Too Much Of A Good Thing: Supply Smackdown Edition
Listen up friends. We have to talk about something very serious today.
If there is one thing that every single house I’ve been into has in common, it is a stockpile of bags, boxes, baskets, packing material, tissue paper. Literally, every house, every apartment, every trendy retirement community condo. A giant-ass stockpile of these kinds of supplies.
Here is what my clients say as they come across an old cardboard shoe box. “Oh, that’s a good box.” “These are always good to keep because you never know when you might need a good box.”
I, unlike you or anyone else, have given this issue a great deal of thought, and it’s led me to wonder: where, on earth, did we as Homo sapiens inherit this supply-specific hoarding-complex?? A fear of being caught without a “good box” is seemingly encoded into our DNA, a collective phobia of box scarcity, as if some day there will be a quiz and you, owner of too little “good bags and boxes” will flunk. I can just see the cave men now, growling at each other and gnawing on bones, their precious and prized collection of brown paper Trader Joe’s bags hoarded neatly into a nook in their cave.
I think it may be because no one has ever told you that you are allowed to get rid of a bag, box, basket that’s “perfectly good.” You have probably seen just the opposite modeled for you your entire life– your mother humming as she saved every cardboard box, scrap of tissue paper, and packing peanut to pass through your house while you watched on, suckling your polka-dotted pacifier.
Somewhere along the line, you were taught to feel guilty for getting rid of “good” supplies. You inherited an anxiety about some day needing a box, and lo, because you haven’t been slowly erecting a cardboard shrine in your basement, you will just surely die! Need a box and don’t have one! Whatever will you do?! Survive? Not likely.
Note: anytime you refer to something as a “good____ ” it is a danger call. Alert! Alert! Clutter Alert!
People use this phrase to describe things for which there is a totally ambiguous and unidentified potential for use (read: not a strong reason to hold onto something).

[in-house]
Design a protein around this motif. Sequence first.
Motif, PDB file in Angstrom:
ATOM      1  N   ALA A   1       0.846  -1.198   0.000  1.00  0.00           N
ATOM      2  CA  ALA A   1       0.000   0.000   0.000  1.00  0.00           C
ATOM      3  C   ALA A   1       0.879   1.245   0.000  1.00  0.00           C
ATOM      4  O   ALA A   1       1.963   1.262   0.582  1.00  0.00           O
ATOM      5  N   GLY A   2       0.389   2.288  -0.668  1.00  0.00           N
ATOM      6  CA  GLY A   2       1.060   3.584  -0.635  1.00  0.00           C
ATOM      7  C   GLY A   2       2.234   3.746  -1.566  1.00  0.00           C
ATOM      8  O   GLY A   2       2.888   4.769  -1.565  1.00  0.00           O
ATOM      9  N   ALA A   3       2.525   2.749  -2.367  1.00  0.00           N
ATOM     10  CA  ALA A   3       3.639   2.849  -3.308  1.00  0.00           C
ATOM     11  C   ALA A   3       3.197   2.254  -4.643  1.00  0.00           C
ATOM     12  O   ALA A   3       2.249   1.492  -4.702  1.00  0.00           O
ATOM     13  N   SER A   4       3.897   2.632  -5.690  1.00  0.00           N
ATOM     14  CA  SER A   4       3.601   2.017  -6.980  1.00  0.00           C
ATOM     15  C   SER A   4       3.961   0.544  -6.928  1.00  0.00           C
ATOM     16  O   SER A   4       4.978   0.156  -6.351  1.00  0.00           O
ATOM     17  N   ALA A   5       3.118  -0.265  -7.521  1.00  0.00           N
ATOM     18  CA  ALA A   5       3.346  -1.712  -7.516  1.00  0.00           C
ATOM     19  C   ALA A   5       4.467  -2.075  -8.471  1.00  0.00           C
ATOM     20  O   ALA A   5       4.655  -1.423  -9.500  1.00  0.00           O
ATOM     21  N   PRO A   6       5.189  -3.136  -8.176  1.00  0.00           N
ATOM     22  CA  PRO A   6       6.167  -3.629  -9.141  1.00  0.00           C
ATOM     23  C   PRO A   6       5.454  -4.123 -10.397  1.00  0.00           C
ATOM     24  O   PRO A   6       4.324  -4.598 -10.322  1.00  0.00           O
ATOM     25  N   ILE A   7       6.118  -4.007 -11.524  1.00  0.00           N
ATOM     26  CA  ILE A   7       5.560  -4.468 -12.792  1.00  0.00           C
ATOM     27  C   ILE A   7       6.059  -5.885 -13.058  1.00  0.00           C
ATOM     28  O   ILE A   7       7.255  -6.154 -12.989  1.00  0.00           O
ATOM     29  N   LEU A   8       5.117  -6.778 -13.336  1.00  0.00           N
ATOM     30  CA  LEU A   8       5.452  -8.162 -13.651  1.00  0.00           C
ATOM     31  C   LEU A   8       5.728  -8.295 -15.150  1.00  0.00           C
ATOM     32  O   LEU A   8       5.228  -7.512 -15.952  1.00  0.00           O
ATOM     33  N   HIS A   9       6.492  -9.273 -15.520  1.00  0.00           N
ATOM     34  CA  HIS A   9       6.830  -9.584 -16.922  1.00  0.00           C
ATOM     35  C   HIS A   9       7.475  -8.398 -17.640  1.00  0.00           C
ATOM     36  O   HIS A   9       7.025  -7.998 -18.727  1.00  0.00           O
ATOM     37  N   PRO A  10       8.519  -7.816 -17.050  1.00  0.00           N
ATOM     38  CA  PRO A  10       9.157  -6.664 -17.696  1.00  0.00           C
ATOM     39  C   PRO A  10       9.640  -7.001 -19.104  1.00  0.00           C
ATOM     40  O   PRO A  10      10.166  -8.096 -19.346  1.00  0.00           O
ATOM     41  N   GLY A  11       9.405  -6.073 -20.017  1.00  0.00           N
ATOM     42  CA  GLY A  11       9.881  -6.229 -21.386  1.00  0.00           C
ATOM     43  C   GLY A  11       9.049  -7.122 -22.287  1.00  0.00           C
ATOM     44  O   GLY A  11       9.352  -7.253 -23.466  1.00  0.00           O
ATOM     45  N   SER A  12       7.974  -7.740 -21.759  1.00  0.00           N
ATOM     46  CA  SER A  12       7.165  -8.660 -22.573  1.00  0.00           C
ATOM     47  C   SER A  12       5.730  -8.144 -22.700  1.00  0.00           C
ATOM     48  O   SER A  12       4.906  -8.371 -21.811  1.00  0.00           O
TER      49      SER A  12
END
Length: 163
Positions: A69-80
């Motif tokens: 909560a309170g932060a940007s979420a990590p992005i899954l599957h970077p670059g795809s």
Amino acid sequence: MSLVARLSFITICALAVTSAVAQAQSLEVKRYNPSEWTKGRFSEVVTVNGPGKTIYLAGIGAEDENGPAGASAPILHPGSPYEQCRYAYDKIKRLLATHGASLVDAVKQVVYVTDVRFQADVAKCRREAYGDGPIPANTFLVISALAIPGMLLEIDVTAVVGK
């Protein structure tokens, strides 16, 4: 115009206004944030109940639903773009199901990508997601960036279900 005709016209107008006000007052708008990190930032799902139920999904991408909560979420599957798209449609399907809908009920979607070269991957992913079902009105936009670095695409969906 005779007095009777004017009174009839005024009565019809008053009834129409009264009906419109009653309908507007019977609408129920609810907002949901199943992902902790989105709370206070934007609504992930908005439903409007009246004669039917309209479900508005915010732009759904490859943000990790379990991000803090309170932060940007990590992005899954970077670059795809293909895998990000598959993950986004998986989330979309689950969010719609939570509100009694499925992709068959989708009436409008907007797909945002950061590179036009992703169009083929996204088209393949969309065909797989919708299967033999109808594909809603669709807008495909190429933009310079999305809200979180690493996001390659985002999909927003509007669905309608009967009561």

Here are two ways to harness your supply hoarding-tendencies:
1. Use the “at any given time” rule
When my clients ask me how many of any sort of supply they need to keep, I ask them how many they would need at any given time. 17? Incorrect. 5-7? Closer. Let’s use baskets as an example:
– Identify the what and when of the baskets; Do you use them when you’re entertaining to serve food? Or do you use them to take muffins over to a sick/grieving friend? Etc.
– Ask yourself, according to those identified purposes, how many you would need at one time; How many baskets would you need for one catered affair at your home? How many friends would you need to go muffin-delivering to at any one given time?
Be realistic with your answers. Keep the number of supplies you would need at any one given time, and get rid of the rest.
2. Use space as your guide
– Designate a specific space/amount of space to store supplies (read: it cannot be an entire room). You may fill up that allotment of space to your heart’s content, but the second you’ve filled it up, you’re done. No more. You clearly don’t need to continue collecting when you still have such a large amount of whatever it is.
It’s time to re-train your brain, bumble bees. So the next time a box, basket, bag, or anything of the like comes into your possession, fight against the impulse to immediately classify it as “good,” and therefore “potentially useful.” Can you identify a specific time in the very near future that you will need it? Is it worth sacrificing the space it will take up in your home? How much is it worth it to you to keep it?
I hereby empower you with this declaration: You are allowed to get rid of any box, basket, bag, packing material, or gift wrap that is in perfectly fine condition but for which you don’t foresee an immediate need. Just because it is functional does not mean you are obligated to keep it.
That is all. I hope those words sink in.Image credits: This Time Tomorrow, Belise on Paper, Martha Stewart, Crate & Barrel
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Annie Traurig was born with the ability to see order through clutter. As a child, she spent playdates organizing friends’ closets and packing their duffle bags for summer camp.
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